It is important that constant contact pressure be maintained as the adhesive sets and begins to cure. Magnetic or mechanical clamps work best. For pull-off adhesion testing, at least three test fixtures per test area are normally required. The number of areas being tested will determine how many fixtures and clamps are needed. The fixtures can be taped in place with masking tape or duct tape if enough clamps are not available. However, tape can relax with time and allow air to get between the fixture and the test area. Thus, at least three pieces of tape across the top of the fixture in different directions should be used. Also, it is important to space the fixtures far enough apart so the loading device can be properly positioned when the pull is performed.

There are two main types of commonly used adhesion testers. One is a fixedalignment, mechanical adhesion tester; the other is a fixed-alignment, pneumatic adhesion tester. These instruments come in different force ranges, so the proper range instrument must be selected.

Now comes the next critical step in the procedure—connecting the loading fixture to the central grip of the tester (sometimes called the detaching assembly). Remove the clamping device or tape. Then follow the manufacturer’s instructions for attaching the tester to the loading fixture, making sure not to bump, hit, bend, or otherwise apply any load to the fixture that will knock it off the vertical.

If the test is being performed on any other surface than a horizontal one (e.g., a vertical web or the underside of a flange), the tester must be supported so its weight does not contribute to the force exerted.

Once the fixture is attached to the instrument, it is time to run the test. Again, review the manufacturer’s instructions on how this should be done. No matter what instrument is being used, the load to the fixture should be increased continuously and smoothly at a rate not to exceed 1 MPa/s (145 psi/s). Keep applying the load until failure occurs (or until the maximum force has been applied). Any test fixtures that do not detach with the maximum load can be easily removed by tapping them on their side. In fact, this is a good demonstration of how easily the test fixtures can be removed in shear compared to the tensile failure mode of the actual test. Also, make sure you have a firm grip on the loading device, because coatings with high tensile strength can cause the loading device to rebound when the break occurs.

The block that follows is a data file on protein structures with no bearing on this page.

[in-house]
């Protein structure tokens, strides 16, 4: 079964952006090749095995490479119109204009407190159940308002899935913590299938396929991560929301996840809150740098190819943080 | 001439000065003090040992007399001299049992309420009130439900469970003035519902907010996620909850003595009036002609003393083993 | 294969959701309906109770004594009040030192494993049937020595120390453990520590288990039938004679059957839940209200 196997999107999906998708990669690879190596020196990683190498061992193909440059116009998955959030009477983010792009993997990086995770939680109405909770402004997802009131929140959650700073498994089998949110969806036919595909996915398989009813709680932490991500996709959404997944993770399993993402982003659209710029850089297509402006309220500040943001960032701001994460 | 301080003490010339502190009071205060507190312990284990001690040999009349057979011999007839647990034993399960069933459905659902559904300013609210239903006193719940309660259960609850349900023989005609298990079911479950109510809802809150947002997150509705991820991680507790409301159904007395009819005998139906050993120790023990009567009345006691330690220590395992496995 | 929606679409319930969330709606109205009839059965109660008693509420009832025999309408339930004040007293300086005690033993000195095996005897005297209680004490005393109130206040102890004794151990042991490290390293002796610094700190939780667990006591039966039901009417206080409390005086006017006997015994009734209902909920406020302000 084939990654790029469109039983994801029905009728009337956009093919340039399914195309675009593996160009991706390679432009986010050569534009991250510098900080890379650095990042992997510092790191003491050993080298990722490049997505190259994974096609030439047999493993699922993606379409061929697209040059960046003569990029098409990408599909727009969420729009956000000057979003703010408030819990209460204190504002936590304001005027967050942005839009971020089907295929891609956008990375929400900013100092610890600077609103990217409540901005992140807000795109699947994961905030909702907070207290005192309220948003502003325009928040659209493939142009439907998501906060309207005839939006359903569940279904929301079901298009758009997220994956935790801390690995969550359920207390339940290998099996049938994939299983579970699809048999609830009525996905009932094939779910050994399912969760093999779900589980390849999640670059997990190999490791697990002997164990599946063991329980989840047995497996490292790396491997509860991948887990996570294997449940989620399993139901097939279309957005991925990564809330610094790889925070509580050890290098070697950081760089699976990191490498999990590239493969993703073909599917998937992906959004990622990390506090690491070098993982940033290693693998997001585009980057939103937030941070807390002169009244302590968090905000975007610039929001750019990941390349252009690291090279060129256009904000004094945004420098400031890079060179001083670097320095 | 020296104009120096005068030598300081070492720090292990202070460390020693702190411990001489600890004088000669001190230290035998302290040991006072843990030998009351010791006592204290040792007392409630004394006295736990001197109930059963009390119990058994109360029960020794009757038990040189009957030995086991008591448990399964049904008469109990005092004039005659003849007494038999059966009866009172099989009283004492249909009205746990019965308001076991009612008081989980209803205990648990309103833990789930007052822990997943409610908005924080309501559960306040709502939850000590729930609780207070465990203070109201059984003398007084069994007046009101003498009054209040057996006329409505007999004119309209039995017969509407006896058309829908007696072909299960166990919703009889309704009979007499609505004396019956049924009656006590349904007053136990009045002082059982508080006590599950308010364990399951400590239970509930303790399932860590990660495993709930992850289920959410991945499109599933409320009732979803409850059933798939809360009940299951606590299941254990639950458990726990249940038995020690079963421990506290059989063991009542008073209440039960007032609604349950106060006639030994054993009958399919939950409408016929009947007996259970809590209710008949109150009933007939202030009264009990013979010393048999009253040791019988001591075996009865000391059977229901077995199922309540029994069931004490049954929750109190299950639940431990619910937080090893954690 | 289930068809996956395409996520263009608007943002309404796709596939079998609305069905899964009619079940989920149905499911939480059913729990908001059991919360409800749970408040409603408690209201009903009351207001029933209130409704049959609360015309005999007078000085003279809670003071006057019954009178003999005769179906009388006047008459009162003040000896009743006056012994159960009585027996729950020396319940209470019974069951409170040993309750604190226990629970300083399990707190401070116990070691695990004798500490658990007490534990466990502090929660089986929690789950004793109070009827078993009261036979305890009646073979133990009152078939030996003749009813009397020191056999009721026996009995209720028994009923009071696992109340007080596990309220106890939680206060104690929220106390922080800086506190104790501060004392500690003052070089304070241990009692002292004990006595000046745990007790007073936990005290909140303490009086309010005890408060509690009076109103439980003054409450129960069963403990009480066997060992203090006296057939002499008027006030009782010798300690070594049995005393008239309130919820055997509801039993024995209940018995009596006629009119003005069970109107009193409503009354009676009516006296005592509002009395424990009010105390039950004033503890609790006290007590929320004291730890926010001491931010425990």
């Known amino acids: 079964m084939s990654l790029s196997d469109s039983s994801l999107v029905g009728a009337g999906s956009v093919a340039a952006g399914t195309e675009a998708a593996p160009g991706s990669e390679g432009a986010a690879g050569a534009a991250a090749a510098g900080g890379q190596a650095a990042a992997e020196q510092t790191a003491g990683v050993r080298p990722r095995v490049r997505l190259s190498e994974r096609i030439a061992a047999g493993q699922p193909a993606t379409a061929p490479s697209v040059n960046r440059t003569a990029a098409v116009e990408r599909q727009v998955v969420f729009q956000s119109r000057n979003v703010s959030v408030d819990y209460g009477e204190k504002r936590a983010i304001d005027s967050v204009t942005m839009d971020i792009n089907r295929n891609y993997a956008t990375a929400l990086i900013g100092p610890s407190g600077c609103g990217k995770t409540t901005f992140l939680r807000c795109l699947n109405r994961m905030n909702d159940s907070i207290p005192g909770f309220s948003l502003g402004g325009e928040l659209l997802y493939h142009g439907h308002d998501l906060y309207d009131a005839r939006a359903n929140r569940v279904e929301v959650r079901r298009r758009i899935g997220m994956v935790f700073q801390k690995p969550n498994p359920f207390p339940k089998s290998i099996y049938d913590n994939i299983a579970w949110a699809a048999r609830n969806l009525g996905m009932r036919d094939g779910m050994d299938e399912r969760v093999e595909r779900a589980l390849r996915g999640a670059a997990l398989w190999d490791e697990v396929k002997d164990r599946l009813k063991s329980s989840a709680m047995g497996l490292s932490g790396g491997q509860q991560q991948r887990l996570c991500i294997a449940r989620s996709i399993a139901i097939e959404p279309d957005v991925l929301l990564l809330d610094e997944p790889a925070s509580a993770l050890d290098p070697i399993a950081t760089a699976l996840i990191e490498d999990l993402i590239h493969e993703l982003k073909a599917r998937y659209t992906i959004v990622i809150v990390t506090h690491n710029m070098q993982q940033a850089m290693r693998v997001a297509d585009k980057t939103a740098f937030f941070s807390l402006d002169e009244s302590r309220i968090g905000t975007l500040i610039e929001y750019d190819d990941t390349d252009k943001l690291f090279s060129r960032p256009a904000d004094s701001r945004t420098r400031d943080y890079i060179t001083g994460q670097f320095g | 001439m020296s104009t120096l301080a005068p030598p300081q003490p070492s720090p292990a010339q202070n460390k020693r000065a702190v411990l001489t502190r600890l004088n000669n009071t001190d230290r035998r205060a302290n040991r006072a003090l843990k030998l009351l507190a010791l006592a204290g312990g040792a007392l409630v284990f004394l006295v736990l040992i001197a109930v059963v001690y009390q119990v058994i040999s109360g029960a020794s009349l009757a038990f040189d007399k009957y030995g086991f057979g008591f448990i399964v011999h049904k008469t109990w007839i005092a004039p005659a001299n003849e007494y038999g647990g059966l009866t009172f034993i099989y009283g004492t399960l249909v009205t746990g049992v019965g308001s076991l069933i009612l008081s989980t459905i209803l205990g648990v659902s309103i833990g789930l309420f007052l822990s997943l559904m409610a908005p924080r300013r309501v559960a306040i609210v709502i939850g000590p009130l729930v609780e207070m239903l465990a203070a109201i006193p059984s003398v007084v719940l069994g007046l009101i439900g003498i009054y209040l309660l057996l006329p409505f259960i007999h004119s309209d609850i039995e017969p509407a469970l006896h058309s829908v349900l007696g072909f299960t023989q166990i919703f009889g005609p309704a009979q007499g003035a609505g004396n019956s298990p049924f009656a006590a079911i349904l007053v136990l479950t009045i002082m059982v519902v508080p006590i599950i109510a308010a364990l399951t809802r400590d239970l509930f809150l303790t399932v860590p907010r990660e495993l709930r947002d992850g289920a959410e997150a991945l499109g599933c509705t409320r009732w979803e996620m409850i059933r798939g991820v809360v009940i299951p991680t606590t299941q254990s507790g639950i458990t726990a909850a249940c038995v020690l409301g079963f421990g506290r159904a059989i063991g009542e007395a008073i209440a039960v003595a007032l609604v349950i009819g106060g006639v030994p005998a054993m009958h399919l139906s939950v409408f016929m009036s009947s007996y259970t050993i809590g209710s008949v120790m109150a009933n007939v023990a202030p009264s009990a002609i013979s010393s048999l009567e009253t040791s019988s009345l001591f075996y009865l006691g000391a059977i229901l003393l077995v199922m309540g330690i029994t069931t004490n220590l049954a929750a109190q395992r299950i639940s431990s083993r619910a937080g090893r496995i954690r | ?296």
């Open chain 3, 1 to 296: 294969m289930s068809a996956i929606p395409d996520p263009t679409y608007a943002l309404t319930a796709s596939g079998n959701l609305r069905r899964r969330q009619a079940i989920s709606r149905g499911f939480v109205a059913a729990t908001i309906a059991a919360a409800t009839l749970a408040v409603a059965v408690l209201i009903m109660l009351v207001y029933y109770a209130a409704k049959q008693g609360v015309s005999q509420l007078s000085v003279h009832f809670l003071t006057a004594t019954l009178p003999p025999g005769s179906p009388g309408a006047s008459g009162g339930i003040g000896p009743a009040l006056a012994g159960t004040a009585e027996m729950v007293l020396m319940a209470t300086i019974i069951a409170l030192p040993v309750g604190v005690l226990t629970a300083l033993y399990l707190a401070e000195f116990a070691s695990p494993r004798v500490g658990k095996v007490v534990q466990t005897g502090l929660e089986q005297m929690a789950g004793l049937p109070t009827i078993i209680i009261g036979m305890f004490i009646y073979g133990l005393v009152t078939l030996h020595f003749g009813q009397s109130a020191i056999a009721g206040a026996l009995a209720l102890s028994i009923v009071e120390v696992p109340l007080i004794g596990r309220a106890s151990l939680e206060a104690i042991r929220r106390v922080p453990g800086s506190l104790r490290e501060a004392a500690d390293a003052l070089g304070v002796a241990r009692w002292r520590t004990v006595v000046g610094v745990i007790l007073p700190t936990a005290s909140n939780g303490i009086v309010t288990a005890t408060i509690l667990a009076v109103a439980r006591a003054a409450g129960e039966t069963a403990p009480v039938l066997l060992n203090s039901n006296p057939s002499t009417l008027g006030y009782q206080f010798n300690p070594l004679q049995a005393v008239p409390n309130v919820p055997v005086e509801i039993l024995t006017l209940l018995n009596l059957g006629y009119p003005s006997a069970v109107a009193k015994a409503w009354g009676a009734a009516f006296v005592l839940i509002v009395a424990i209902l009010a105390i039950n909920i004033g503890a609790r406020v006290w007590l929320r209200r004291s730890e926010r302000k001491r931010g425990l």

Some instruments come supplied with a circular hole cutter to score through the coating to the substrate around the loading fixture before running the test. Scoring around the fixture violates the fundamental criterion of the test that an unaltered coating be tested. However, the practice is a subject of debate among some adhesion test experts. Therefore, if scoring is required for some reason, be very careful to prevent micro-cracks in the coating because they will give lower pull-off strengths. The hole cutter must be held perpendicular to the surface so that no sideways pressure is placed on the test fixture.


  1. ASTM International, Standard Test Method for Pull-Off Strength of Coatings Using Portable Adhesion Testers, data of access: 29 July 2016, http://marron-co.com/marron/PAINT%20STANDARD/ASTM%20%20PAINTS/0602/D4541.pdf
  2. JPCL, Adhesion Testing on Steel, January 2001
  3. Oxford Brookes University, On Site Pul-Off Method, data of access: 29 July 2016, http://mems.brookes.ac.uk/industry/resources/pull-off.pdf